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Evaluation of Baldrick's explanation as to how the First World War began.

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Introduction

Evaluation of Baldrick's explanation as to how the First World War began. When Baldrick gave his opinion about the cause of the First World War he stated that "I thought it started when a bloke called Archie Duke shot an ostrich because he was hungry". What he means by this is that he thinks the war started when the Arch-Duke of Austria Hungary got shot. This is one of many theories about how the war started, and different historians think that some of the factors were more important that others. I will be looking at these factors and giving my opinion as to which ones are more important. Baldrick's cause of the war was the assassination of Arch-Duke Franz Ferdinand, the heir to the throne of the Habsburg Empire. This happened in June 1914 and is often called the July Crisis because of the events that followed. He was assassinated in the Serbian capital Sarajevo, and so the Habsburgs blamed the Serbians. With the promise of German support, the Habsburgs issued an ultimatum to Serbia, with a set of harsh demands. Serbia agreed to all these demands except one, they would not allow Habsburg officials freedom to enter Serbia and investigate. ...read more.

Middle

This helped to create tension between Germany and Britainas they both felt threatened by the others military expansion. It also increased the assumption that a war would occur, because the opposing sides were both building up their military power. The Russian rearmament was basically the Russian rebuilding their army after losing most of it because a war with Japan. They used the most advanced training and equipment, and even got a German to be the new head of the military organisation. This worried the Habsburgs and the Germans because they feared the size of the German army, which was one million men at peacetime. They were also worried about having to fight a war on two fronts. Imperialism or empire building could have been another cause of the war. This was largely Britain and France feeling threatened because Germany wanted "a place in the sun" as Bismarck said. This helped to attribute to the war because the threat of Germany pushed Britain and France together and strengthened the Entente as well as greater tension because of the imperialistic rivalries. The two Morrocan Crisises were examples of how imperialistic matters could contribute to the war. ...read more.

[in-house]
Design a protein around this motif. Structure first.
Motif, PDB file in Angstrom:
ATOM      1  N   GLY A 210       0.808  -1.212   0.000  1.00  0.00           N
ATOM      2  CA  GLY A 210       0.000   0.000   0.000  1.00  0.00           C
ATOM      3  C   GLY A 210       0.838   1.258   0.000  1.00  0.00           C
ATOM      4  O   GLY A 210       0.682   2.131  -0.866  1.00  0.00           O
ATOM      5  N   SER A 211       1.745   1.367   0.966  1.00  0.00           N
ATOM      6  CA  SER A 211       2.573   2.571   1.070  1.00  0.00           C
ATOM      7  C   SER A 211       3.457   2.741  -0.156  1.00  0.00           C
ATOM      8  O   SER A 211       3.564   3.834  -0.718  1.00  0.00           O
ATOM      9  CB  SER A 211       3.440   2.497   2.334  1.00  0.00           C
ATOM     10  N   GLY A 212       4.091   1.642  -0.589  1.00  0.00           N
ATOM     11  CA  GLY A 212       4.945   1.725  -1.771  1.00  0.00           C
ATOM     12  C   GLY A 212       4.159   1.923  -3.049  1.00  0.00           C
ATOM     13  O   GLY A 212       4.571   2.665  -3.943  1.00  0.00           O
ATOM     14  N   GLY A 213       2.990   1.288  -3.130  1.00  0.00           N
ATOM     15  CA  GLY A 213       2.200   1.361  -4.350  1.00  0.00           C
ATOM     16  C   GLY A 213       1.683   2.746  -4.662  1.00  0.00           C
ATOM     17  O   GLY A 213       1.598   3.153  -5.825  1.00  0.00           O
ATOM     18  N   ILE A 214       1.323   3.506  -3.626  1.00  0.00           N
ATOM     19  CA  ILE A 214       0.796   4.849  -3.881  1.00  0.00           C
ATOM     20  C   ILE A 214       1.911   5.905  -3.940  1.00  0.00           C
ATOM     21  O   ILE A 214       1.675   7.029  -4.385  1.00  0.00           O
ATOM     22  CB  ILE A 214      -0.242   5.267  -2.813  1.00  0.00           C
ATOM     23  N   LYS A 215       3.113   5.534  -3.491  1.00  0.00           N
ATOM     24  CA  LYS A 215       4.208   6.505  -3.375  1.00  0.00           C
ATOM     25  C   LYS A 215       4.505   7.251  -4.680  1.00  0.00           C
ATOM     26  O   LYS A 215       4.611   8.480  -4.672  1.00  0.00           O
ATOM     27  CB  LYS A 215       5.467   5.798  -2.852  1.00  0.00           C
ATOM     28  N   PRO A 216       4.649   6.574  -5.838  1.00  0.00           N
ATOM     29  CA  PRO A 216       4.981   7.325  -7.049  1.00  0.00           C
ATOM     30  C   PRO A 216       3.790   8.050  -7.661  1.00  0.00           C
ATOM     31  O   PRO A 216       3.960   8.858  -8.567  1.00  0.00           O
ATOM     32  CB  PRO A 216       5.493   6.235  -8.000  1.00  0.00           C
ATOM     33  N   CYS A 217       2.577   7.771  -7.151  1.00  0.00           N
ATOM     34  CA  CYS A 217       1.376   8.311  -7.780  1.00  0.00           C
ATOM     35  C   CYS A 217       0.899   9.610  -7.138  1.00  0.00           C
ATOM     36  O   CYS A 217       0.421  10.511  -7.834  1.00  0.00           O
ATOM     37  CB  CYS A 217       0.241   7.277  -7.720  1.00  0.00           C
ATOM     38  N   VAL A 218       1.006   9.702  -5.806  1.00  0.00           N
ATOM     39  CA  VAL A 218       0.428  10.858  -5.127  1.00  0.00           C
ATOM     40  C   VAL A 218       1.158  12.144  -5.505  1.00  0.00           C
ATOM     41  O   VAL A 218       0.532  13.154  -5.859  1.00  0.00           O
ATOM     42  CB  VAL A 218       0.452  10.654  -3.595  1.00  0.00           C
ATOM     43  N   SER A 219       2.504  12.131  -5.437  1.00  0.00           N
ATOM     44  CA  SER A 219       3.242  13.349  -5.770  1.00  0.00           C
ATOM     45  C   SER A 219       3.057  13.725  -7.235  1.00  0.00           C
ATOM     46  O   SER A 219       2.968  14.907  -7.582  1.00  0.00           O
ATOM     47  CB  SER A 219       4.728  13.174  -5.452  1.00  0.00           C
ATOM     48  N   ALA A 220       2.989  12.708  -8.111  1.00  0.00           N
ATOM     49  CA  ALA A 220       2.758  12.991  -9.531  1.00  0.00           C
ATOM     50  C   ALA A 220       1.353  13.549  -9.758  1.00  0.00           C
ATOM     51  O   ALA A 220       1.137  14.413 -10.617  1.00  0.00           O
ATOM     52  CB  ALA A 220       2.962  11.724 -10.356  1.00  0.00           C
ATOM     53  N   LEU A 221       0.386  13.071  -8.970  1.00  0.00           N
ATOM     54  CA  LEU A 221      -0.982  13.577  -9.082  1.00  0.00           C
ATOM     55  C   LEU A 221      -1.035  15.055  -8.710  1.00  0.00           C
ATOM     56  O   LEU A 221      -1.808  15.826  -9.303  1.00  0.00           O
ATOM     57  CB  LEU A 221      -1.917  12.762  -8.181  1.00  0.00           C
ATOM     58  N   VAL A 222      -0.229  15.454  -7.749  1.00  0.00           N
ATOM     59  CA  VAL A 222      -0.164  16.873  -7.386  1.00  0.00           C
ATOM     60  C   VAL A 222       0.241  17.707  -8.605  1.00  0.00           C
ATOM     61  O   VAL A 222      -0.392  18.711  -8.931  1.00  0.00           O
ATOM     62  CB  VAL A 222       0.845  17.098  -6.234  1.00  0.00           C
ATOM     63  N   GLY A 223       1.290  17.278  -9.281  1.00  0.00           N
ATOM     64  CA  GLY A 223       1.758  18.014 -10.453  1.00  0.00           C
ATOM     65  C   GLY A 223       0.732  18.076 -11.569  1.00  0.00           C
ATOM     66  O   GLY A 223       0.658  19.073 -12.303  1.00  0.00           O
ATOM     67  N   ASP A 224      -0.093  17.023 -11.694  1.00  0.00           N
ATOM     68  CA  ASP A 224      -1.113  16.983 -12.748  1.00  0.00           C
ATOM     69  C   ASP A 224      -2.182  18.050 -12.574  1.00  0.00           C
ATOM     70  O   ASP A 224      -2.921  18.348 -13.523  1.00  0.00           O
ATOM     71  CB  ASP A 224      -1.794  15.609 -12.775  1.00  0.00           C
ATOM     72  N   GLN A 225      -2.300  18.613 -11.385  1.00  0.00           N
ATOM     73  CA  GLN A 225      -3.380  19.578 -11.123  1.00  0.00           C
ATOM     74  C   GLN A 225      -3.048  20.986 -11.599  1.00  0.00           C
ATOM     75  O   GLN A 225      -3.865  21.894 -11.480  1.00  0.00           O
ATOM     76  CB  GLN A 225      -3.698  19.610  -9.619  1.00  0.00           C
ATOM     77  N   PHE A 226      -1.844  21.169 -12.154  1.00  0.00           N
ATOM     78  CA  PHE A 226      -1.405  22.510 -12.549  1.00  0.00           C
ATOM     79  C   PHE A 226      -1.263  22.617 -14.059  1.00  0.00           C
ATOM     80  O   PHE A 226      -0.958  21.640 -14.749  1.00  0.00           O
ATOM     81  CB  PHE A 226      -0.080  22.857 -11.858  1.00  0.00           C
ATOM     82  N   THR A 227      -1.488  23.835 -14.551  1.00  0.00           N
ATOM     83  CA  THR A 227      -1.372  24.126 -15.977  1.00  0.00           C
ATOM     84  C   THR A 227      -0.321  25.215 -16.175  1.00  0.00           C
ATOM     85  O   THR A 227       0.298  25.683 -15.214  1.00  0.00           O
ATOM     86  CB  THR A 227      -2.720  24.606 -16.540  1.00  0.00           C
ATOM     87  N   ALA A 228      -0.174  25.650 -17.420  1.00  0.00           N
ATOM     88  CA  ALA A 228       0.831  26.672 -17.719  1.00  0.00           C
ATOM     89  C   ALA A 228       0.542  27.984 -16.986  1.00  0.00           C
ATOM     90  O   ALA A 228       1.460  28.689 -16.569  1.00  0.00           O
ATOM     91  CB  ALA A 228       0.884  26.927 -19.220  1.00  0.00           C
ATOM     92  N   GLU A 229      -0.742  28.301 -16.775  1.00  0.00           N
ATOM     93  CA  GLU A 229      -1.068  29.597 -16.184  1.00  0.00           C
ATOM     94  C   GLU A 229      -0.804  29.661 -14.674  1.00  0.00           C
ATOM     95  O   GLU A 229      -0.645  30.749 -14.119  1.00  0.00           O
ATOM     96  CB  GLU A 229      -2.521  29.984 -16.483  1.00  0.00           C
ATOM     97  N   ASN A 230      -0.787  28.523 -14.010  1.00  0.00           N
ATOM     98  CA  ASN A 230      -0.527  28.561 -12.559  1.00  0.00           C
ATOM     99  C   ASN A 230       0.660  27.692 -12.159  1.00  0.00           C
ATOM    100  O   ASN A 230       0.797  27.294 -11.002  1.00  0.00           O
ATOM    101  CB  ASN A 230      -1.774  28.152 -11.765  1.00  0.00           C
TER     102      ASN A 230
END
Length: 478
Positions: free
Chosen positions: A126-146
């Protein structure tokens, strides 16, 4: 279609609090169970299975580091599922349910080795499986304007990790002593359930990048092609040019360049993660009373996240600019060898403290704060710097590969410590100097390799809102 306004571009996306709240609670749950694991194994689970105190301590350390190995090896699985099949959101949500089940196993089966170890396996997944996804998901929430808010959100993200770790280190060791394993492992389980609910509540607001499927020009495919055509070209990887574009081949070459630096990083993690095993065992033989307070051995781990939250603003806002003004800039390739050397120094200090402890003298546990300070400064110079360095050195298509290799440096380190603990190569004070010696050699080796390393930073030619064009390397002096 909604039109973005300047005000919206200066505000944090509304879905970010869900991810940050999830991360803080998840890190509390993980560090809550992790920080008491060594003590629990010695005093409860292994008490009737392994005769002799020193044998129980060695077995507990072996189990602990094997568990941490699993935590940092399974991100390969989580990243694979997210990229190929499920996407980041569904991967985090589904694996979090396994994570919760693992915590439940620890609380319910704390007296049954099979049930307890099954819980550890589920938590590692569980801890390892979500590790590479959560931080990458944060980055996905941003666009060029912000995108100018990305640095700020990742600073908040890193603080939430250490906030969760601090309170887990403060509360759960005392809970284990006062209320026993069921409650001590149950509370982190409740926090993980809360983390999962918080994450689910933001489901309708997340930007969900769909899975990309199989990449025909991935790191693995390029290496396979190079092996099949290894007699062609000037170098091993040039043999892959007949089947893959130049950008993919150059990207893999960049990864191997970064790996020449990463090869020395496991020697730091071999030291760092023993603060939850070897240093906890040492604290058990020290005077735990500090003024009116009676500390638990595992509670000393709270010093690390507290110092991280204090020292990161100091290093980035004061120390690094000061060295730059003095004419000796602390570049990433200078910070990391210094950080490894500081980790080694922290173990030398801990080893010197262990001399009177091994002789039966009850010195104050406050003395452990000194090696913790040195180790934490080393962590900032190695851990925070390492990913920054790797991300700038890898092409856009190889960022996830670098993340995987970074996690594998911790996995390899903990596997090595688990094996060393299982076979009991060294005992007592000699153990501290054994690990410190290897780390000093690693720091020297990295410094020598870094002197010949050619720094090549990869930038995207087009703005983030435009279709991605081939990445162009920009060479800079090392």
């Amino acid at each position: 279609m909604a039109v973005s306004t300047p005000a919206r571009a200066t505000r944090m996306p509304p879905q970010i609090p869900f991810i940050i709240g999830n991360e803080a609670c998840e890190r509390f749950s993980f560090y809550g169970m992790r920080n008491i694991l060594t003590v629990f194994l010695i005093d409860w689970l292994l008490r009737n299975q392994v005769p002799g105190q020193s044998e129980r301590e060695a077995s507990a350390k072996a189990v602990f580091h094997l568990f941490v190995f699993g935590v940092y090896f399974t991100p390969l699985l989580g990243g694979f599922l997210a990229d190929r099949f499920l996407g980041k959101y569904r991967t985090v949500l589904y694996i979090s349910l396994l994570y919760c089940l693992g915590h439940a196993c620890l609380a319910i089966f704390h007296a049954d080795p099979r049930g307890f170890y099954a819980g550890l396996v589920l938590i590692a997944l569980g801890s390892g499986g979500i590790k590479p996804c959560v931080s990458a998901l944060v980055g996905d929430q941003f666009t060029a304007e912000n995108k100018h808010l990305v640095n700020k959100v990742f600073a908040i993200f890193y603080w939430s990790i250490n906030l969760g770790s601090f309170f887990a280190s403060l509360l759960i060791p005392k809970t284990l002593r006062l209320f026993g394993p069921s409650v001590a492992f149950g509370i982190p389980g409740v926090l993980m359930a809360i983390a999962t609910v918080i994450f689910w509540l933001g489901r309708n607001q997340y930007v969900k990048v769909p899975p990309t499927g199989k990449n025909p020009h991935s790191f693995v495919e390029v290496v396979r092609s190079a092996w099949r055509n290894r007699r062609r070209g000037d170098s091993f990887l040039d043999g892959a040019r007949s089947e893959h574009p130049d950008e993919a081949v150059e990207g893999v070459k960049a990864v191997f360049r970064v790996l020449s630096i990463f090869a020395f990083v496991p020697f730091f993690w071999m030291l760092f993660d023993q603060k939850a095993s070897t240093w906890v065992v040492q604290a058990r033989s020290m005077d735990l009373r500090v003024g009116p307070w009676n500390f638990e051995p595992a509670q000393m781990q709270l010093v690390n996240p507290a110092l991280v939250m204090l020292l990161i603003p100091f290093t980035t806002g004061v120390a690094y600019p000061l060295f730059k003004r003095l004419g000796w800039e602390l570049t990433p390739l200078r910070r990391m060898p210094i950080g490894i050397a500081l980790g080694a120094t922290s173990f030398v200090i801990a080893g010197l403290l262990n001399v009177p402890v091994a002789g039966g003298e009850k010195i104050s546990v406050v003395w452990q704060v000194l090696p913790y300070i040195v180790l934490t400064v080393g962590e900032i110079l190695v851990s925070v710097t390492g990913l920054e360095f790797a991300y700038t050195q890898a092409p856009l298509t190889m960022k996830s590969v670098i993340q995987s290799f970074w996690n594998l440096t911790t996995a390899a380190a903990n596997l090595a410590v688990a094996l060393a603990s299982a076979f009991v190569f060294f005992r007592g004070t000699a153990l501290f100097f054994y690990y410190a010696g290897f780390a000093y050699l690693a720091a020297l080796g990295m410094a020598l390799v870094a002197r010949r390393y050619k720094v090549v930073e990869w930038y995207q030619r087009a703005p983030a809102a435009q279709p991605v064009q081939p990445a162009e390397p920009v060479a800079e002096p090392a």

Conclusion

However, if it wasn't for the other, long term factors then I think that the war could have been avoided. I think that all of these long term reasons helped to contribute to the war. The arms race and tension created from imperialistic matters all helped to gear the countries into the two fixed alliances that gave the war the size and the impact that it had, and without this alliance system, helped along its path by the other two factors, the war would have been much less significant or even nonexistant. I do not think that you can blame one country for the start of the war, but I do think that the mood of 1914 was an important factor. The sheer inevitability of the war would have discouraged countries from trying to avoid it as they would not have thought it worthwhile. I think this is important, especially when combined with the antagony created by the popular press, as this would have removed the chance that the countries concerned could ever really get along, unless there was a war to sort it out. Therefore, I think that although Baldrick is correct in his statement on how the war began, other factors such as the mood of 1914 and the Alliance system are more important. ...read more.

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